4) Creative Sourcing:

Most contingency recruiters operate in a pretty standard way: get a requirement in, post jobs on the job boards, search your database for matches, and hammer LinkedIn and job boards for candidates. But, recruitment is (and always has been) a job about making connections. Sure, you should be doing those things, but you should also be doing the things that your competitors aren’t: take candidates to lunch to get to know them better. Sponsor or set up a local conference in your area of speciality. Help set up a user-group, with regular meetings, for candidates with particular skills. Don’t just be a recruiter at the end of the phone! Find a way to get face-to-face with people. It may be a cliché, but people do business with people: find ways to make face-to-face time happen and it will pay dividends. Ultimately a recruiter will be judged on how well they can deliver on providing great staff. The better your network is, the easier that will be.

5) Be Proactive:

As a recruiter, your remit is pretty clear. Work with the client to help find them the best candidate for their vacancy. However, the best relationships aren’t business-only; this is why so many deals are brokered on golf-courses! Be proactive in your relationship with your clients. Whilst organising some corporate hospitality for your clients is a great way to do this, it can be expensive and time consuming. Even simple things help; as an example, I saw on one of my clients’ websites that they were planning a staff outing to York, where I live. I called the Hiring Manager, had a chat about their trip, and suggested a few places for them to check out, which he was grateful for. The next week I was the first person he called when he had a new role come in. Keep an eye out for opportunities to be proactive. For example, hiring legislation in the UK is constantly changing. When a new law comes in, why not call the client and offer to run them through the key details, and what you are doing to comply? This is a great way to show your worth and act as a strategic HR partner, rather than just a vendor.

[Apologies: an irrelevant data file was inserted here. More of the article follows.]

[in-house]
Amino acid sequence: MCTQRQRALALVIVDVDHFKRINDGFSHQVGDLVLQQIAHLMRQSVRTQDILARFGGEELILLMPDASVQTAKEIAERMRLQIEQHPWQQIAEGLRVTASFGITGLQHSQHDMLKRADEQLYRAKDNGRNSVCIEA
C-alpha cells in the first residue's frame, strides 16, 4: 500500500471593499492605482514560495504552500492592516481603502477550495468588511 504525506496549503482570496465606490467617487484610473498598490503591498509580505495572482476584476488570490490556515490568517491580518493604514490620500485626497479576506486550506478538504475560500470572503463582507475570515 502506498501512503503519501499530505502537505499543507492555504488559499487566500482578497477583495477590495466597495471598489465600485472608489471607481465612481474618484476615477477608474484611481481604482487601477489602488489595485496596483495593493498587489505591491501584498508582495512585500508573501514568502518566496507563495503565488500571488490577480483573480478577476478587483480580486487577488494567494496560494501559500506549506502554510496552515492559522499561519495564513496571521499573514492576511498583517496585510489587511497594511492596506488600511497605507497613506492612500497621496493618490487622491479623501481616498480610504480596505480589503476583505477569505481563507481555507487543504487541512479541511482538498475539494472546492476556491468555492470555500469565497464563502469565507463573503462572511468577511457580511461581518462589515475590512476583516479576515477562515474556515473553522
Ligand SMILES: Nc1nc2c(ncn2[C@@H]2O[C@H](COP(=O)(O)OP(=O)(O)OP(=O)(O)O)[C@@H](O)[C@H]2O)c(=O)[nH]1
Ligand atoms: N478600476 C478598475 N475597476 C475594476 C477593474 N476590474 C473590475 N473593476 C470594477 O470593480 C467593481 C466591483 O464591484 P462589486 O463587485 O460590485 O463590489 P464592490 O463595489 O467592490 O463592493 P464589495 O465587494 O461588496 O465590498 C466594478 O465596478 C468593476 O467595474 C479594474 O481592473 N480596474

Conclusions:

One of the key pieces of advice I was given when I started was to treat your desk as your own business. That means taking responsibility for the way you operate. The best recruiters I know all do the things I’ve detailed above, and more. They are highly successful, and feel pride in their relationships with their clients. If where you work doesn’t let you operate the way you want to, then it’s time to find a new job – or, better yet, start your own agency.


About Andrew Fairley

Andrew Fairley has recently completed an MA in Management with The York Management School, focusing on strategy, innovation, HR, and organisational behaviour, and has just begun a PhD investigating the UK internet startup industry. Prior to this, he spent 2 years as a Recruitment Consultant, working with clients from SMEs to blue-chips, sourcing IT staff.  You can find him on Twitter or LinkedIn.